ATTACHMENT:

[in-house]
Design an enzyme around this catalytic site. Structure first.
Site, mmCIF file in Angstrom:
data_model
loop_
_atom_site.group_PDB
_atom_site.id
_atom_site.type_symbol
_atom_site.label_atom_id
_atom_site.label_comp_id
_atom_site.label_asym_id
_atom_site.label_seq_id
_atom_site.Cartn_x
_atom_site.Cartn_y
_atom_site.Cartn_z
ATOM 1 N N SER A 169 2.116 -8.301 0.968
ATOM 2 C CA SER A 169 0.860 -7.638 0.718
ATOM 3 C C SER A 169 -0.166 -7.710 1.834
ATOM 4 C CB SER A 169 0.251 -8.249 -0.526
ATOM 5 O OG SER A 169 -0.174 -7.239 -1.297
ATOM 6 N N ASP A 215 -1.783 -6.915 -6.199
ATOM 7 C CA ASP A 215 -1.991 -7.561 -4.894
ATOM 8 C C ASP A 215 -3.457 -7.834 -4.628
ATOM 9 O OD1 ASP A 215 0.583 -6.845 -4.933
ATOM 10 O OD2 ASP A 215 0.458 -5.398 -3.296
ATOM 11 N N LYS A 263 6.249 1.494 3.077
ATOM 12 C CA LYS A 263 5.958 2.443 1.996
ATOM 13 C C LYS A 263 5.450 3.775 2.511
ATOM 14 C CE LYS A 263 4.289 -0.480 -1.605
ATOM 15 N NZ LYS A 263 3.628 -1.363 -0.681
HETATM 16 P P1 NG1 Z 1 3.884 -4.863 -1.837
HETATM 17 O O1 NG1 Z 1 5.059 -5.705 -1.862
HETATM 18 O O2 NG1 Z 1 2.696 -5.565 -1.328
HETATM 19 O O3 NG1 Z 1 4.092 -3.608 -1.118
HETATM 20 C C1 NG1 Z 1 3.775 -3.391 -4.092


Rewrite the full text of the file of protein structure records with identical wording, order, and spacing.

[in-house]
Design an enzyme around this catalytic site. Structure first.
Site, mmCIF file in Angstrom:
data_model
loop_
_atom_site.group_PDB
_atom_site.id
_atom_site.type_symbol
_atom_site.label_atom_id
_atom_site.label_comp_id
_atom_site.label_asym_id
_atom_site.label_seq_id
_atom_site.Cartn_x
_atom_site.Cartn_y
_atom_site.Cartn_z
ATOM 1 N N SER A 169 2.116 -8.301 0.968
ATOM 2 C CA SER A 169 0.860 -7.638 0.718
ATOM 3 C C SER A 169 -0.166 -7.710 1.834
ATOM 4 C CB SER A 169 0.251 -8.249 -0.526
ATOM 5 O OG SER A 169 -0.174 -7.239 -1.297
ATOM 6 N N ASP A 215 -1.783 -6.915 -6.199
ATOM 7 C CA ASP A 215 -1.991 -7.561 -4.894
ATOM 8 C C ASP A 215 -3.457 -7.834 -4.628
ATOM 9 O OD1 ASP A 215 0.583 -6.845 -4.933
ATOM 10 O OD2 ASP A 215 0.458 -5.398 -3.296
ATOM 11 N N LYS A 263 6.249 1.494 3.077
ATOM 12 C CA LYS A 263 5.958 2.443 1.996
ATOM 13 C C LYS A 263 5.450 3.775 2.511
ATOM 14 C CE LYS A 263 4.289 -0.480 -1.605
ATOM 15 N NZ LYS A 263 3.628 -1.363 -0.681
HETATM 16 P P1 NG1 Z 1 3.884 -4.863 -1.837
HETATM 17 O O1 NG1 Z 1 5.059 -5.705 -1.862
HETATM 18 O O2 NG1 Z 1 2.696 -5.565 -1.328
HETATM 19 O O3 NG1 Z 1 4.092 -3.608 -1.118
HETATM 20 C C1 NG1 Z 1 3.775 -3.391 -4.092